There are lots of different ones for different purposes.
We are using this one in a couple of rooms. We like it a lot because it gets the dot up off the counter or table and doesn’t block the other socket. It typically costs about $15, but is sometimes on sale for a few dollars less.
We haven’t had any problems with the other socket being blocked, and we typically have a coffee maker plugged into it. But there might Not be enough space for A big wallwart unless you used one of the little extension cords we talked about before.
This particular model is well engineered and will hold up to 10 pounds. A lot of the similar lookalikes are flimsy and will only hold 2 pounds or so. So read the specs.
Probably not. I just like this one because it’s really simple, you can instantly remove the dot or echo if you want to (I take mine with me if I’m going to stay with family) And it most replicates the target design environment. But I know there’ve been quite a few community members who have mounted theirs sideways on the wall with no particular issues.
First, they obviously didn’t invest much in translation costs:
Notes: ONLY FITS Dot 2nd generation and its orginal power adapter
Your Dot is absolutely a funny and practical smarter, enabling us control most smart alexa devices, do shopping and call someone with the “drop in skill”.
But sometime you may feel that it will perfect if :
Never mess long cord bunched up behind the Dot
Mostly, for me the main issue with this one is that it is very tightly Spec’d, So that you have to be using the original power cord and there’s one model that works with the dot second generation, a different model that works with the dot third generation, a different model that works with Google home mini, etc.
So if that restriction works for you, it’s probably worth a try.
I’ve not wall-mounted mine, but to solve the wall-wart problem I installed USB outlets next to regular outlets. I ripped out the single gang electrical box and installed a double gang box. Then I reinstalled the original outlet and added the USB outlet. My Dots and Spots run fine on these, and I now have more places to charge phones without eating up electrical outlets and keeping power strips under the nightstand.
This doesn’t answer your wall-mount question, but it might give you some ideas.
I picked mine up at Home Depot. 4.2 Amp, 4 USB outlets.
Don’t underestimate the value of this input, on the contrary I found it helpful. At least partially. You got me thinking a different tack here… Let me ask though, is the USB power sufficient for the Echo not using their wall block?
The 3rd gen Echo Dot uses a wall wart with a round output, thus not USB, so that wouldn’t be all that helpful, HOWEVER the 2nd gen do use USB…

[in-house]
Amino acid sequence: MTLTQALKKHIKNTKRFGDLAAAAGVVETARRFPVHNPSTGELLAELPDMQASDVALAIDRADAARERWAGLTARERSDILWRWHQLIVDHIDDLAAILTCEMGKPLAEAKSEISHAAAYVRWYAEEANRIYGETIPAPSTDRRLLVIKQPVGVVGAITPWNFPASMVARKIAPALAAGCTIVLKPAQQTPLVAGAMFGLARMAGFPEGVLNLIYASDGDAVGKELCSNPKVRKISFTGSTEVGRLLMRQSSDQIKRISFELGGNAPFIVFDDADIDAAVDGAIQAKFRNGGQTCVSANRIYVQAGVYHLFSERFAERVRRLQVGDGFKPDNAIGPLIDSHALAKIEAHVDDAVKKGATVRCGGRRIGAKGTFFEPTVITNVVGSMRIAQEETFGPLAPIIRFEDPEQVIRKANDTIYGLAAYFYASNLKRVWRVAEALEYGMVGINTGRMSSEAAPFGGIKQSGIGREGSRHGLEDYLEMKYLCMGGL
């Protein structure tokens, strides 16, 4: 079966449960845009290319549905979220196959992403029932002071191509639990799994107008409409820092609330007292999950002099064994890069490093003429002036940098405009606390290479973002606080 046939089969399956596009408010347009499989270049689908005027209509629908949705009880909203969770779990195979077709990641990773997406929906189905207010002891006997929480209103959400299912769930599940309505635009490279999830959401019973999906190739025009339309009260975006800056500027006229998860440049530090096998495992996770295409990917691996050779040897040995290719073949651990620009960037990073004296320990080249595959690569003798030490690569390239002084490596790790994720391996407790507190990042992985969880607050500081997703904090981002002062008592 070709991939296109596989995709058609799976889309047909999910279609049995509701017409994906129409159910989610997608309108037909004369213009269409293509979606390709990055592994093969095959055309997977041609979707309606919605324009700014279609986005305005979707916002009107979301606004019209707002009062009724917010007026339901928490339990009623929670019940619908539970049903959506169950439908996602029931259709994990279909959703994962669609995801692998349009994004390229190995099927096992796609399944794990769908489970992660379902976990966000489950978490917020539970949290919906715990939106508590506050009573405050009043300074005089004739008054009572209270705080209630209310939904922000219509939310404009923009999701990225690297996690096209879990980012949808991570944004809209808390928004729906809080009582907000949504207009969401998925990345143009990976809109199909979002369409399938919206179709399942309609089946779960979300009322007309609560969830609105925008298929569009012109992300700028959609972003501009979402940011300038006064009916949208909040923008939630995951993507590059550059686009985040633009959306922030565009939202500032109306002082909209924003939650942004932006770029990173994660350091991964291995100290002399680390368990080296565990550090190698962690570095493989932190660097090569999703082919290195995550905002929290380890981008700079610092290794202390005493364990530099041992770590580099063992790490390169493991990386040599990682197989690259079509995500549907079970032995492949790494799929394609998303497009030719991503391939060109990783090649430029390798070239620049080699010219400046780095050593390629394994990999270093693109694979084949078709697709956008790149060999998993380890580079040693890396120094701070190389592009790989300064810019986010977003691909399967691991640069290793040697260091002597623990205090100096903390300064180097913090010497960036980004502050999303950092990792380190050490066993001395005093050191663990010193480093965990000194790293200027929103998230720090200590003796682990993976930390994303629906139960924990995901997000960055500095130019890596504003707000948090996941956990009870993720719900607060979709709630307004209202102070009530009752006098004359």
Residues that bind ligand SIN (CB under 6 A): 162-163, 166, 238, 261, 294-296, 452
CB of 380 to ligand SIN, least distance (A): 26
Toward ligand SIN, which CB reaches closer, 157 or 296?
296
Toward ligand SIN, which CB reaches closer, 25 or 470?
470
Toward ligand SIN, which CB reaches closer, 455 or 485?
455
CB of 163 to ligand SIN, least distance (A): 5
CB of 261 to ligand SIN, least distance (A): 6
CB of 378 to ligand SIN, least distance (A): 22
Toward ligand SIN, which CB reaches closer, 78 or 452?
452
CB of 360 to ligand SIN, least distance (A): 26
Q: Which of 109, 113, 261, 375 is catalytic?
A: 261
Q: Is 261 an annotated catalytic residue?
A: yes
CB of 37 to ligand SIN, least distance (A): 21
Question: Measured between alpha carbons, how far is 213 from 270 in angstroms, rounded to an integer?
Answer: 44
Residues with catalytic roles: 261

As a reminder, the house is 4 bedrooms, with a living / family room (no formal living room, just a great room) dining room, kitchen, laundry, 2 bathrooms, 2 hallways, and a 2 car garage that is currently a woodworking shop.
The intent is to move the 2nd generation Echo Dots, due to the physical features, one of them is going to be used in the garage workshop (no fabric to catch wood dust). The other will likely be mounted to the kitchen wall.
Given the presence of USB charging ports at the 110V outlets, and I believe there are plenty of those on the market, I can just use a wall mount clip that manages the cable and be done…
A basic wall mount surge supressor / USB charger could be put in place…
No loss of outlets, and easy cable management, win, win…
The USB outlet handles the Dot just fine. I’ve got the 2nd Gen Dots and wasn’t aware they changed to a different plug on the device in the 3rd Generation. Now that I think about it, I’ve got a couple of Spots (Dots with a round screen, basically) and they use the round plug – so, I have to retract my statement using the USB outlet for the Spots.
Nonetheless, the USB outlet works for the Dot and I’ve had no problems. For kicks I plugged a Dot into the USB port on my laptop and it powered it happily – I was a bit surprised because I didn’t think the laptop USB put out more than 0.5 amps. I grabbed a battery pack with a 2 amp USB output and plugged in the Dot… portable Dot!
I believe the Dot charger is rated at 2 amps (1.8A according to Amazon), so as long as you choose a USB charger outlet capable of 2 amps or more you shouldn’t have any problems.
I have purchased a few of these mounts for my Echo gen 2 devices as well as a USB outlet. They work awesome and still leaves you with both outlets and an additional USB outlet… I have some similar to the ones shown above but my outlets are sideways and not up/down so it sags and hangs…